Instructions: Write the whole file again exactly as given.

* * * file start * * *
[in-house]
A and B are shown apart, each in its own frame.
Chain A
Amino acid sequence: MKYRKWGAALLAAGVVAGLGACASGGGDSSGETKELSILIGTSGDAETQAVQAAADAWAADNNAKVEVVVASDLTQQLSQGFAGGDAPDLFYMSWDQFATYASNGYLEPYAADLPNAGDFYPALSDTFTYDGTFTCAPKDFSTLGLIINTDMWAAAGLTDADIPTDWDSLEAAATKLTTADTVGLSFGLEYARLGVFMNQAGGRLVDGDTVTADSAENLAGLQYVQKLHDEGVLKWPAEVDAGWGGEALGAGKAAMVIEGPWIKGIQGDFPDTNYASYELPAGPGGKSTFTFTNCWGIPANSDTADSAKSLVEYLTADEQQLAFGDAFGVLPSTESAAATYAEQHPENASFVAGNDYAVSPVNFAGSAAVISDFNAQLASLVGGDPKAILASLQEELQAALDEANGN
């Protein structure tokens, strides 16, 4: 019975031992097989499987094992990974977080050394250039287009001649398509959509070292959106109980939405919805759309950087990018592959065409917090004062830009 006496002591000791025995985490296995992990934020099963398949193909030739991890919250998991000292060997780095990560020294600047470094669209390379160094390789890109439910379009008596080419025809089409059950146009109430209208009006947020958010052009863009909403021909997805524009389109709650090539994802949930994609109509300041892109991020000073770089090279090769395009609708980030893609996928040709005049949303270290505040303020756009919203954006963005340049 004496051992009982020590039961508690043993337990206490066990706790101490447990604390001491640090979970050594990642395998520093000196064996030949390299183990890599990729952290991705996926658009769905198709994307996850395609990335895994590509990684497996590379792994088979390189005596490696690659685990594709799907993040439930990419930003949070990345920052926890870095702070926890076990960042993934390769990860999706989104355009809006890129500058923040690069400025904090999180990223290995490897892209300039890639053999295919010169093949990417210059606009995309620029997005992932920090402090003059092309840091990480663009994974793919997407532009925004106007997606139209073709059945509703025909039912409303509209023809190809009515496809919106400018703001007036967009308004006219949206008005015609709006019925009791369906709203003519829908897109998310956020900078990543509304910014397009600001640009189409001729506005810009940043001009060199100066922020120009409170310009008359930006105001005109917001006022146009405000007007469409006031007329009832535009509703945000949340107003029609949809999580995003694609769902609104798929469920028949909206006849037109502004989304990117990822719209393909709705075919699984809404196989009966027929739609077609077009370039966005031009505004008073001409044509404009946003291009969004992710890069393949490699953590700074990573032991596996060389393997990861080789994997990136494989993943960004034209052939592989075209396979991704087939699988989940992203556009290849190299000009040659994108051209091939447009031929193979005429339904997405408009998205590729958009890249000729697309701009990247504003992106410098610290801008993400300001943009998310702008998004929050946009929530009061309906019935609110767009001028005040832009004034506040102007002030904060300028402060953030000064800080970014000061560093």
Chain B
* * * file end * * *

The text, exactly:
[in-house]
A and B are shown apart, each in its own frame.
Chain A
Amino acid sequence: MKYRKWGAALLAAGVVAGLGACASGGGDSSGETKELSILIGTSGDAETQAVQAAADAWAADNNAKVEVVVASDLTQQLSQGFAGGDAPDLFYMSWDQFATYASNGYLEPYAADLPNAGDFYPALSDTFTYDGTFTCAPKDFSTLGLIINTDMWAAAGLTDADIPTDWDSLEAAATKLTTADTVGLSFGLEYARLGVFMNQAGGRLVDGDTVTADSAENLAGLQYVQKLHDEGVLKWPAEVDAGWGGEALGAGKAAMVIEGPWIKGIQGDFPDTNYASYELPAGPGGKSTFTFTNCWGIPANSDTADSAKSLVEYLTADEQQLAFGDAFGVLPSTESAAATYAEQHPENASFVAGNDYAVSPVNFAGSAAVISDFNAQLASLVGGDPKAILASLQEELQAALDEANGN
């Protein structure tokens, strides 16, 4: 019975031992097989499987094992990974977080050394250039287009001649398509959509070292959106109980939405919805759309950087990018592959065409917090004062830009 006496002591000791025995985490296995992990934020099963398949193909030739991890919250998991000292060997780095990560020294600047470094669209390379160094390789890109439910379009008596080419025809089409059950146009109430209208009006947020958010052009863009909403021909997805524009389109709650090539994802949930994609109509300041892109991020000073770089090279090769395009609708980030893609996928040709005049949303270290505040303020756009919203954006963005340049 004496051992009982020590039961508690043993337990206490066990706790101490447990604390001491640090979970050594990642395998520093000196064996030949390299183990890599990729952290991705996926658009769905198709994307996850395609990335895994590509990684497996590379792994088979390189005596490696690659685990594709799907993040439930990419930003949070990345920052926890870095702070926890076990960042993934390769990860999706989104355009809006890129500058923040690069400025904090999180990223290995490897892209300039890639053999295919010169093949990417210059606009995309620029997005992932920090402090003059092309840091990480663009994974793919997407532009925004106007997606139209073709059945509703025909039912409303509209023809190809009515496809919106400018703001007036967009308004006219949206008005015609709006019925009791369906709203003519829908897109998310956020900078990543509304910014397009600001640009189409001729506005810009940043001009060199100066922020120009409170310009008359930006105001005109917001006022146009405000007007469409006031007329009832535009509703945000949340107003029609949809999580995003694609769902609104798929469920028949909206006849037109502004989304990117990822719209393909709705075919699984809404196989009966027929739609077609077009370039966005031009505004008073001409044509404009946003291009969004992710890069393949490699953590700074990573032991596996060389393997990861080789994997990136494989993943960004034209052939592989075209396979991704087939699988989940992203556009290849190299000009040659994108051209091939447009031929193979005429339904997405408009998205590729958009890249000729697309701009990247504003992106410098610290801008993400300001943009998310702008998004929050946009929530009061309906019935609110767009001028005040832009004034506040102007002030904060300028402060953030000064800080970014000061560093």
Chain B